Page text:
New answers tagged

2

German speakers have a strong tendency to negate the direct objects of transitive verbs instead of the verbs themselves. We can still see the difference when we pay attention to what we are negating and it actually matters. But whenever the difference doesn't matter or negating the object technically doesn't make sense, then we usually negate the object ...


2

You have these possibilities (I'm not sure if the list is complete): Negating the object: Er spricht kein Englisch. This means: English is not a member of the set of languages that he is able to speak. Negating the verb: Er spricht nicht Englisch. This means: English is a language that he does not speak. (In my mind this is exactly the ...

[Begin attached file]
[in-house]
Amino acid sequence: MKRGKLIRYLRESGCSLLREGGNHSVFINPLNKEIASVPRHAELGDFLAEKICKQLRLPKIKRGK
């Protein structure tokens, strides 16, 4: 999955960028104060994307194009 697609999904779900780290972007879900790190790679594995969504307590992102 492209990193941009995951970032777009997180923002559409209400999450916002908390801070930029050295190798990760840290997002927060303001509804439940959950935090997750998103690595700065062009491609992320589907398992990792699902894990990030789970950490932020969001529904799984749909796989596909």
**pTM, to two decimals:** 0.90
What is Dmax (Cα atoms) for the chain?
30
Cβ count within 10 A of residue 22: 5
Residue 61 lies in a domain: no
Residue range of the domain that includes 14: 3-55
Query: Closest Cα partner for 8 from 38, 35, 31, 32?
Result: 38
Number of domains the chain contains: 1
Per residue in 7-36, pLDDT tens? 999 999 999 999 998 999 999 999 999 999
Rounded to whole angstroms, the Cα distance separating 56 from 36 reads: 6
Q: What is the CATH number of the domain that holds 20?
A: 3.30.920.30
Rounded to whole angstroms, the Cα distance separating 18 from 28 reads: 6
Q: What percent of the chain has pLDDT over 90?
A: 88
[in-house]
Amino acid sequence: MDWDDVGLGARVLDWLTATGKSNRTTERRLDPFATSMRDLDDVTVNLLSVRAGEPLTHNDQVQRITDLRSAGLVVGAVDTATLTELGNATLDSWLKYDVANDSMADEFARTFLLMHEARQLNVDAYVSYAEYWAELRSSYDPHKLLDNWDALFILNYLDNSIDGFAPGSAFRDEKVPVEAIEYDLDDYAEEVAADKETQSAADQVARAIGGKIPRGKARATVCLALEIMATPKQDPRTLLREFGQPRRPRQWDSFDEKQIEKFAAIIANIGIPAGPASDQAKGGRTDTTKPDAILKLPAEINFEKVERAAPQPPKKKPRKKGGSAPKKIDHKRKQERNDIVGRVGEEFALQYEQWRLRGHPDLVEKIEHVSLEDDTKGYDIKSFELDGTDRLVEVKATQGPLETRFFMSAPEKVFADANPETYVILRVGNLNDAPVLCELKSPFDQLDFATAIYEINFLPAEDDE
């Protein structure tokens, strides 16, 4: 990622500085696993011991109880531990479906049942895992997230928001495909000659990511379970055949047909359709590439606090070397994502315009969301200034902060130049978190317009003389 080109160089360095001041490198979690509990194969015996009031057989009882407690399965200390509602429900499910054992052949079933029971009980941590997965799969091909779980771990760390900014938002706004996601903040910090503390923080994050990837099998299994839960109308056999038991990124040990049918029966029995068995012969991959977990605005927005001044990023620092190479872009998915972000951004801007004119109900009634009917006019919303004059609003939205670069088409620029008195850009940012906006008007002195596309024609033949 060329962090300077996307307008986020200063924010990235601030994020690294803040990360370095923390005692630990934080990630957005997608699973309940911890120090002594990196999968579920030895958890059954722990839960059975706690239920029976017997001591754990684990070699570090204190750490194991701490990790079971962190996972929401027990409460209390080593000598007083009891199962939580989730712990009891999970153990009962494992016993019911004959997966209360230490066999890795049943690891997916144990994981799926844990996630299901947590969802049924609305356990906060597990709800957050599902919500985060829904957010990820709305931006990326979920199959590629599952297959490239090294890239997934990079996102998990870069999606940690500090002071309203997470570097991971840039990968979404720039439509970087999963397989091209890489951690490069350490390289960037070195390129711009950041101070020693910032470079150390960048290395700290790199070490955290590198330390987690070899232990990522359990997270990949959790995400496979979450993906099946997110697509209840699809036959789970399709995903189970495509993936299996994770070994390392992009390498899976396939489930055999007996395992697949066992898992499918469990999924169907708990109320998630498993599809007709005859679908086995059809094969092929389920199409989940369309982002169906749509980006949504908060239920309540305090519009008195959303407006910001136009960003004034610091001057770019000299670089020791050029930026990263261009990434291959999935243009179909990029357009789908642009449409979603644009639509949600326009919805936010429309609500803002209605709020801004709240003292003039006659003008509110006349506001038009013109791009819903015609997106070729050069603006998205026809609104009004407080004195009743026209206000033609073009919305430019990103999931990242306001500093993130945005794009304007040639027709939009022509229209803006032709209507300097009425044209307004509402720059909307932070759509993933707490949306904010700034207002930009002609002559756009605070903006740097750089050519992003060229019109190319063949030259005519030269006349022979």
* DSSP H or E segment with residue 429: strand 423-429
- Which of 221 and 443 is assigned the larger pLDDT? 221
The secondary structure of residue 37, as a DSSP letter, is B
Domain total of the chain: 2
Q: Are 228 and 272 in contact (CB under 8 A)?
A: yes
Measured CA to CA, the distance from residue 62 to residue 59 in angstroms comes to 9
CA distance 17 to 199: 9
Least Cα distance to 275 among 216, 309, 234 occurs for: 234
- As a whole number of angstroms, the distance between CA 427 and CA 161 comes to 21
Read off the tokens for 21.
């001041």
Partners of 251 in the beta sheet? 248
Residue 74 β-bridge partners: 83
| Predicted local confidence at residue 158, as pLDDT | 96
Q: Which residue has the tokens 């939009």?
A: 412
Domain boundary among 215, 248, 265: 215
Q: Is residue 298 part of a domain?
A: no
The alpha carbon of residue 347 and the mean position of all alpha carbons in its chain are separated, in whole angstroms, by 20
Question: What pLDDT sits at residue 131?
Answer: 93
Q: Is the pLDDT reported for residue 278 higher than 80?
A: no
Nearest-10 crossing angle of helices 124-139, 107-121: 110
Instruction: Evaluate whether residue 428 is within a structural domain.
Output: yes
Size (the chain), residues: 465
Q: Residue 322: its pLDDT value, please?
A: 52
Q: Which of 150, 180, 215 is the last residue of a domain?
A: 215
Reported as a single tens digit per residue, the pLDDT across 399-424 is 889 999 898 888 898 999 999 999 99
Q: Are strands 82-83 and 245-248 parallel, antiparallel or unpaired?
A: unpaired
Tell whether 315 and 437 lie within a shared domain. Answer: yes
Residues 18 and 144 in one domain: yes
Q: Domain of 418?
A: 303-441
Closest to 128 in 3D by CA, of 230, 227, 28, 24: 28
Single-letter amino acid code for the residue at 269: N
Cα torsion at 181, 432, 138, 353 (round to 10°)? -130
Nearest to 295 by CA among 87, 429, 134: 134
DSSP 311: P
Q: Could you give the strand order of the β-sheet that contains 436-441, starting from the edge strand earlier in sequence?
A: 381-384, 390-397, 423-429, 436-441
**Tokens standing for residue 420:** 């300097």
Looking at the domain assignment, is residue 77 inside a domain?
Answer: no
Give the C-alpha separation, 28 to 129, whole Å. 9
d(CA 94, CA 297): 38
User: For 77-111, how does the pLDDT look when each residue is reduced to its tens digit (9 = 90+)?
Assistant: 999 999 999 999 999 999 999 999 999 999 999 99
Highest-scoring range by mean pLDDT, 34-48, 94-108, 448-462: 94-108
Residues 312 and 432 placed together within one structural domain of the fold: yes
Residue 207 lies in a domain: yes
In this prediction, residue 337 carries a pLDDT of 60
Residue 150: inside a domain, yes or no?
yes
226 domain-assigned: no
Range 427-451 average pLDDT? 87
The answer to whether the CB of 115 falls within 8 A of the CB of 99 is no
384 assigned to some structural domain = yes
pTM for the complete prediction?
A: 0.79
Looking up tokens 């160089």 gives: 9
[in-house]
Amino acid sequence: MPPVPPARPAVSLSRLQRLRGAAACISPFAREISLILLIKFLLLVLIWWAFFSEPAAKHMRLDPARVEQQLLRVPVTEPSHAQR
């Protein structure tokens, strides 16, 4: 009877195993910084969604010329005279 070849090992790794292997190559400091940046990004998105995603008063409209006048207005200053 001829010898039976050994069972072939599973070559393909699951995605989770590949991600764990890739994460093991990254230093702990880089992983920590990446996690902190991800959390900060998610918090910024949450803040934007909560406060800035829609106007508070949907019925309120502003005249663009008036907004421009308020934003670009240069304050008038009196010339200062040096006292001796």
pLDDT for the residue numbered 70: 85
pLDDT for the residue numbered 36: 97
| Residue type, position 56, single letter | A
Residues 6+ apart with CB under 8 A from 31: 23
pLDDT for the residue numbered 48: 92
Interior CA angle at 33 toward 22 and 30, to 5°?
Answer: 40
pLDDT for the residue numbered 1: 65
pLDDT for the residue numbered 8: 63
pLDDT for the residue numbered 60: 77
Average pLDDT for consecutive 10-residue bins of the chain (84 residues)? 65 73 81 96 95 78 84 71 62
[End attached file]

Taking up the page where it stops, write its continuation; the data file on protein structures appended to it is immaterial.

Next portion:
Top 50 recent answers are included